Understanding the core tenets of the flat-Earth hypothesis
The Flat Earth theory has gained a surprising amount of traction in recent years, thanks largely to YouTube. What exactly do Flat Earthers believe?
In 1492, Columbus set sail for the New World based on the assumption that Earth was round. Why not? After all, according to historian Jeffrey Burton Russell, “no educated person in the history of Western Civilization from the third century B.C. onward believed that the Earth was flat."
But nearly 500 years later, an American man was planning a voyage based on the exact opposite assumption. Mike Hughes, a 61-year-old limo driver, was going to launch himself into space to prove that Earth is flat. Mechanical complications and the federal government shot that idea down, however. (For now at least.)
Hughes isn't alone in his theory. Thousands of people — from musicians to football players — believe Earth is flat, and that the world's elite are duping citizens around (across?) the globe with a “globularist" conspiracy.
How is that possible?
Many cultures in world history conceptualized the physical world in ways that didn't include a spherical Earth. The ancient Chinese believed Earth to be a flat square, and that only the heavens were spherical. In multiple Indian models of the physical world, Earth was comprised of four continents surrounding a mountain. And the ancient Norse peoples pictured Earth as a disc floating in the middle of a sea inhabited by a giant serpent.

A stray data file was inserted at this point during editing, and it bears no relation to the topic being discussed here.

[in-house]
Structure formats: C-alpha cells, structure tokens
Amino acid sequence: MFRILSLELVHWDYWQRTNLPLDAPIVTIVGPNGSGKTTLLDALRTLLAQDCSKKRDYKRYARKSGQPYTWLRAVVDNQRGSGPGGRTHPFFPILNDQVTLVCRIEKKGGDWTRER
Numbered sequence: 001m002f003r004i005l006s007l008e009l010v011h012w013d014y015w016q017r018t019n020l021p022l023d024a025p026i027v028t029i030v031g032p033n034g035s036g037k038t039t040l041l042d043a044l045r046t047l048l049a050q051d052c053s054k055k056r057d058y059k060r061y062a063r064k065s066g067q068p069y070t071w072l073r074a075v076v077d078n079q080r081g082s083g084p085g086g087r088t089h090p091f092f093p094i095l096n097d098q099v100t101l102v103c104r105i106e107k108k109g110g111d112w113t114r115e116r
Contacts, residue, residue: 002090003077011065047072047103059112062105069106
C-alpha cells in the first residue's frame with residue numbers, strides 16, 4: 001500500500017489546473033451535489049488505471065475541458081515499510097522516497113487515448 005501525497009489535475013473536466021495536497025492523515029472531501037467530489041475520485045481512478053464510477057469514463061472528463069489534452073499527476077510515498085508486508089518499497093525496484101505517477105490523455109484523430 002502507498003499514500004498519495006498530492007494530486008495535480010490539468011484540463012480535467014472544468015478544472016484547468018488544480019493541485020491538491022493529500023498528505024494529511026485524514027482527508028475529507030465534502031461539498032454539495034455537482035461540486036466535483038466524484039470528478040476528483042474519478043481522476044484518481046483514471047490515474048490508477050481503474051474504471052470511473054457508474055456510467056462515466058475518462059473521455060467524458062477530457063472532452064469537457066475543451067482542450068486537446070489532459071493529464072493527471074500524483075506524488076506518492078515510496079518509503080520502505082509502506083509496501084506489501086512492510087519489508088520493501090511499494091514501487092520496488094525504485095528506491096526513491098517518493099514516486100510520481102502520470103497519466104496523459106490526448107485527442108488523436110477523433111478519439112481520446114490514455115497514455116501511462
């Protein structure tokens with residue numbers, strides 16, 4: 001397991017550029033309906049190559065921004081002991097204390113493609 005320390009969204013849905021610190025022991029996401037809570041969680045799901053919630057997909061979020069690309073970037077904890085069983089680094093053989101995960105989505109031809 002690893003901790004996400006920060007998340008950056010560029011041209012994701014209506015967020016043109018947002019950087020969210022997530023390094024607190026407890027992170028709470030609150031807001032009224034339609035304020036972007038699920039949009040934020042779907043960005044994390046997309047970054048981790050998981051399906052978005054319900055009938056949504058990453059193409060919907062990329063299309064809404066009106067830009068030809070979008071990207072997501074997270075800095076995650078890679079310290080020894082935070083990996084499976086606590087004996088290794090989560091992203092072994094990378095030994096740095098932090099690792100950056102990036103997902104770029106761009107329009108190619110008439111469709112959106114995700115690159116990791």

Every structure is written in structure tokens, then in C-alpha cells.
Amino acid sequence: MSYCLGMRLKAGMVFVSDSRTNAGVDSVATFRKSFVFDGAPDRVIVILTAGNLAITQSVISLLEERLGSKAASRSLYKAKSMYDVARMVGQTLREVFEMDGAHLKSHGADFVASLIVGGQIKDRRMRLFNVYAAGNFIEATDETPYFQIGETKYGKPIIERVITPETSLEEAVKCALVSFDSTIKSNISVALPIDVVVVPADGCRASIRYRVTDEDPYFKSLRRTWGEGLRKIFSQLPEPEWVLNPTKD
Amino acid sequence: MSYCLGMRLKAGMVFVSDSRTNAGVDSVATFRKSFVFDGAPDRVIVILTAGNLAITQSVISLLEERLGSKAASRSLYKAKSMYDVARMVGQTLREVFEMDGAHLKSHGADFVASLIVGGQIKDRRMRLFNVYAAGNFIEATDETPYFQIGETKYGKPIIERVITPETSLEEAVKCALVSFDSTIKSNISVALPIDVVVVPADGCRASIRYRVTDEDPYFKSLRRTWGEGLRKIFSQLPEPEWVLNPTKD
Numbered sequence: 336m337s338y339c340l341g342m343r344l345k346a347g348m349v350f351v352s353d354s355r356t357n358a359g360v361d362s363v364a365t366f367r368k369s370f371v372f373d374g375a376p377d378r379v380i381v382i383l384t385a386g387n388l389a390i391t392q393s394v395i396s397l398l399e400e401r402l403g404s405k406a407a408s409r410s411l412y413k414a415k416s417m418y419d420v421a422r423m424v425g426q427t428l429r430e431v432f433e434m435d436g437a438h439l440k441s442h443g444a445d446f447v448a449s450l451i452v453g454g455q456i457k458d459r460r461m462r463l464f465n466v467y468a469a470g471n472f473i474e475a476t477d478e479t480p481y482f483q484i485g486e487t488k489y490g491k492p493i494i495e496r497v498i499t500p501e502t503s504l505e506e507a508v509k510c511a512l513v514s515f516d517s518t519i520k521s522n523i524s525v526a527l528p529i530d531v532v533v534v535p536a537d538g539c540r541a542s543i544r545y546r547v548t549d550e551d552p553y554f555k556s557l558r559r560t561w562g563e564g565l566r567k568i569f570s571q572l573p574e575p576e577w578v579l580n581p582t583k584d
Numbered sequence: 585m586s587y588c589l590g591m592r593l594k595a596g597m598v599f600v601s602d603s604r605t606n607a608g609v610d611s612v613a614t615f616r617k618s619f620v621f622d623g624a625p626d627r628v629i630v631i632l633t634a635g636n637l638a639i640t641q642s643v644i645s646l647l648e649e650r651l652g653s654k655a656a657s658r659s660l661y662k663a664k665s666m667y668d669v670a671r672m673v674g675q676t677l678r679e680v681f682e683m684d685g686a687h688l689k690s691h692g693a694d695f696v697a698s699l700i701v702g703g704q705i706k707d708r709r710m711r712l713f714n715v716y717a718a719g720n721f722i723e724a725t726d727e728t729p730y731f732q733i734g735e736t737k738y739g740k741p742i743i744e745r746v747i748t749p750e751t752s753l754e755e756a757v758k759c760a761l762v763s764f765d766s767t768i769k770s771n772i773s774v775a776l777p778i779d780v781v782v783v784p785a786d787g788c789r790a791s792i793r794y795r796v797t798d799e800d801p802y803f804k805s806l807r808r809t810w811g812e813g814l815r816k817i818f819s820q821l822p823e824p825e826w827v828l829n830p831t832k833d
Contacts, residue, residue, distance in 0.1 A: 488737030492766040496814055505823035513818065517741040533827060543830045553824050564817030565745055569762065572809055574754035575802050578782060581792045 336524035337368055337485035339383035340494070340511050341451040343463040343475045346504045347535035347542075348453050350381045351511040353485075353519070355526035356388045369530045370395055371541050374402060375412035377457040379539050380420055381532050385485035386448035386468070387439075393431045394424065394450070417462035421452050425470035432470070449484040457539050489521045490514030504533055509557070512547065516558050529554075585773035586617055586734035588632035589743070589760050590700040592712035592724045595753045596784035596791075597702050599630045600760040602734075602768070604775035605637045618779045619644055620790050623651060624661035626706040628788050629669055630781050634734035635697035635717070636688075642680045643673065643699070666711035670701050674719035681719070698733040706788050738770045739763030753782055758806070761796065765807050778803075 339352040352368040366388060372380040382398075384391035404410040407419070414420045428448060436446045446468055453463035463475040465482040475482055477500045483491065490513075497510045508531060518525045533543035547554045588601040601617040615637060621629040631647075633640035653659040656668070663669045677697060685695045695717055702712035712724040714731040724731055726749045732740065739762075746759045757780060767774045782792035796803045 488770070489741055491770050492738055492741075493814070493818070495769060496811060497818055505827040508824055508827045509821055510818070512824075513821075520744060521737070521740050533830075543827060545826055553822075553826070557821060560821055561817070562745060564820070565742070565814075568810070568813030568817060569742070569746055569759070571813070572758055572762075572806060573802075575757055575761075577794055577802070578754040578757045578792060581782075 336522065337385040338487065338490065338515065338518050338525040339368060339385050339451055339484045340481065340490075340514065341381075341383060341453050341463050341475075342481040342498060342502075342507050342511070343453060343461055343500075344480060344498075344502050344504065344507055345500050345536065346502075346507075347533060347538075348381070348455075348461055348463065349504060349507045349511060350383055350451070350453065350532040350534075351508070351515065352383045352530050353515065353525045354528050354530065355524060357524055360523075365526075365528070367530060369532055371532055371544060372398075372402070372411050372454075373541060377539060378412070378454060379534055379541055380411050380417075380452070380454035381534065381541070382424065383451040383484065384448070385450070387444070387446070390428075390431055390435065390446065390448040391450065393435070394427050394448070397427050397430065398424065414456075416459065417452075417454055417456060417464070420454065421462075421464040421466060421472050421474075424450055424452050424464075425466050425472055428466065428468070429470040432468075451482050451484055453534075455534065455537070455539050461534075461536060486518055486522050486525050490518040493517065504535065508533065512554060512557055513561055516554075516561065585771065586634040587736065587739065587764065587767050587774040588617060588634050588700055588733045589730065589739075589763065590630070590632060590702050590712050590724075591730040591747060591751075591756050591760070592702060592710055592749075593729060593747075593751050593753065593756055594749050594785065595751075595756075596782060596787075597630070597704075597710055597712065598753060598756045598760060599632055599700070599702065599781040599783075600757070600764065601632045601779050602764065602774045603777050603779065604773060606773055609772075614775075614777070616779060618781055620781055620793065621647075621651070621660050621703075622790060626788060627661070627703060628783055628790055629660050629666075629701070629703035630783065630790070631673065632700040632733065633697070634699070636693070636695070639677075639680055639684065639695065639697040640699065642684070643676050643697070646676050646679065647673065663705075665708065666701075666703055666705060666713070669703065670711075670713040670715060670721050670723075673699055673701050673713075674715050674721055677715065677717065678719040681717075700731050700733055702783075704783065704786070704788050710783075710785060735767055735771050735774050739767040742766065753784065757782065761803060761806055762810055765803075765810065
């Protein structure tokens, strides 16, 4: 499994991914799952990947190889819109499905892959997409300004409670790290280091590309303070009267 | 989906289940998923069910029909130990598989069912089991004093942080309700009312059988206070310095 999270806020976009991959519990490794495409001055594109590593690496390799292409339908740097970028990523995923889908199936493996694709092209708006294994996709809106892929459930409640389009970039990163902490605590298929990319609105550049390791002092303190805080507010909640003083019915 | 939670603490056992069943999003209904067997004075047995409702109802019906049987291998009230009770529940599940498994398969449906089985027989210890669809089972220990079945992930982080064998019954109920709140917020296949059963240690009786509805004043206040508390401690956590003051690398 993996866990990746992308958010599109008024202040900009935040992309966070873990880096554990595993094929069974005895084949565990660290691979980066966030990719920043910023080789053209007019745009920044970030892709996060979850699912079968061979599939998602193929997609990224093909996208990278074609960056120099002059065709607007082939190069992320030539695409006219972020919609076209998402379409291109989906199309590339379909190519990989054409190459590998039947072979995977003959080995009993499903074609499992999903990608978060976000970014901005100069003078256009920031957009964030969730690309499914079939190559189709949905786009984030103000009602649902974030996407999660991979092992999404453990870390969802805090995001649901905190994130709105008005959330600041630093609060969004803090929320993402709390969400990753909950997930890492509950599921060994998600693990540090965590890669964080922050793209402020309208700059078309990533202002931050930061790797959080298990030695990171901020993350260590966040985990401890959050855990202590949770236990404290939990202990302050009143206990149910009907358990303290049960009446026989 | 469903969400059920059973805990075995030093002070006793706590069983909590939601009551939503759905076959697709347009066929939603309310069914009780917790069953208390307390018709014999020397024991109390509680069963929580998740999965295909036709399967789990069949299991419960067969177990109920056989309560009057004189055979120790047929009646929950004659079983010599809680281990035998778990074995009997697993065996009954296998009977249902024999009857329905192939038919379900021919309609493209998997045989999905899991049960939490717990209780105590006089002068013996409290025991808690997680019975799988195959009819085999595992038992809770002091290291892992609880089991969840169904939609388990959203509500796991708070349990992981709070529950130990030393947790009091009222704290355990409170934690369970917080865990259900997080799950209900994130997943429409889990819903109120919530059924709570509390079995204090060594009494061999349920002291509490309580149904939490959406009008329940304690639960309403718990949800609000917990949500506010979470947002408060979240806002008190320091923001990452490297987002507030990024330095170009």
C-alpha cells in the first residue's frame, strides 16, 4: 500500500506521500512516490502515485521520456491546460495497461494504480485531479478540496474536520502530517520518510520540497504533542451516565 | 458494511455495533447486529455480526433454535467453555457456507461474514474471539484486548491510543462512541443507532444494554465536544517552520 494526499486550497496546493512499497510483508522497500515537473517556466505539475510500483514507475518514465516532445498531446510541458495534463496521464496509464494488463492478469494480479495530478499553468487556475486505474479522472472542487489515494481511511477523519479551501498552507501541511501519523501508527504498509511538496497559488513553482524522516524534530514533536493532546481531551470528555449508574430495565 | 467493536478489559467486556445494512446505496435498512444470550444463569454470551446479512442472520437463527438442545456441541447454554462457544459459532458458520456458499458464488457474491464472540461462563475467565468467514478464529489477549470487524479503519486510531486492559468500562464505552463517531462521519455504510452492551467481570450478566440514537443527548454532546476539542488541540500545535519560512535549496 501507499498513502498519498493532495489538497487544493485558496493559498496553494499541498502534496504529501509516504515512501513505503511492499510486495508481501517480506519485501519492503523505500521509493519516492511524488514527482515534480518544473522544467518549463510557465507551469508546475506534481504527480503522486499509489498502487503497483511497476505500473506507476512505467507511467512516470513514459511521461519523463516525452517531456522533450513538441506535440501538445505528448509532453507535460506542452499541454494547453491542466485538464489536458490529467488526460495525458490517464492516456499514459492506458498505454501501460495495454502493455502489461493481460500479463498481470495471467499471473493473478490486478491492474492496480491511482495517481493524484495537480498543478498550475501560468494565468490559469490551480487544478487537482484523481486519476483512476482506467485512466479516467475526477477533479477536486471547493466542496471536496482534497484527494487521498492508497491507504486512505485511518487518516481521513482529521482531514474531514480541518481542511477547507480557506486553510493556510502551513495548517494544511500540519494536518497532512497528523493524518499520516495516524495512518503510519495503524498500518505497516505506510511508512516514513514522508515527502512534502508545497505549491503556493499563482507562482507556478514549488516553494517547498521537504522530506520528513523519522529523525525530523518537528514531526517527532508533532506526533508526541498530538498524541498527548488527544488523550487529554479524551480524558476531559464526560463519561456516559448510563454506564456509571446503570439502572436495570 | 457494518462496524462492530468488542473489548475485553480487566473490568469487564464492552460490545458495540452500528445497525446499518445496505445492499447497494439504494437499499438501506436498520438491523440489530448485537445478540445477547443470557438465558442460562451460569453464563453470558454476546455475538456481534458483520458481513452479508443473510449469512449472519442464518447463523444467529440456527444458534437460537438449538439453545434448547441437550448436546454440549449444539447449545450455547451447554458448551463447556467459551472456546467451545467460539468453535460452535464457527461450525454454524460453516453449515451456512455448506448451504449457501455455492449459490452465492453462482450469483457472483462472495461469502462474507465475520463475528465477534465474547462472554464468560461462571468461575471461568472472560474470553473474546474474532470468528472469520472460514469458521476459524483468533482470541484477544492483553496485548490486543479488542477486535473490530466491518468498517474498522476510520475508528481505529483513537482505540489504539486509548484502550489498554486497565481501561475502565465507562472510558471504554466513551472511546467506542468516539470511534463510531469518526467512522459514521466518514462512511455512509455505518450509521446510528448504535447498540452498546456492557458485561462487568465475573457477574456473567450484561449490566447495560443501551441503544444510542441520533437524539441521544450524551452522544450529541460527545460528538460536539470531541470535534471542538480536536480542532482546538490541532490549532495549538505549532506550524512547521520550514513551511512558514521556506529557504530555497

These ideas, however, were first challenged as early as 2,500 years ago. In the 4th century BC, Aristotle provided some of the first evidence showing that Earth was round: ships disappear hull first when sailing over the horizon, Earth casts a round shadow on the moon during lunar eclipses, and different constellations are visible at different latitudes.
Aristotle's evidence would be corroborated and elaborated upon extensively over the following millennia. But it seems that nothing — not even GPS technology or manned space flights — can convince some people that Earth is round.
In the modern era, the Flat Earth movement started in 1956 with a young British man named Samuel Shenton. Inspired by an 1881 book titled Zetetic Astronomy: Earth Not a Globe, Shenton founded the Flat Earth Society. A year later the Soviets launched Sputnik 1., rendering the plausibility of his theory questionable, to say the least. Shenton died believing Earth was flat. The next leader, Charles K. Johnson, passed away in 2001, leaving the dwindling organization with just 3,500 members. Then the Internet breathed new life into this ancient worldview.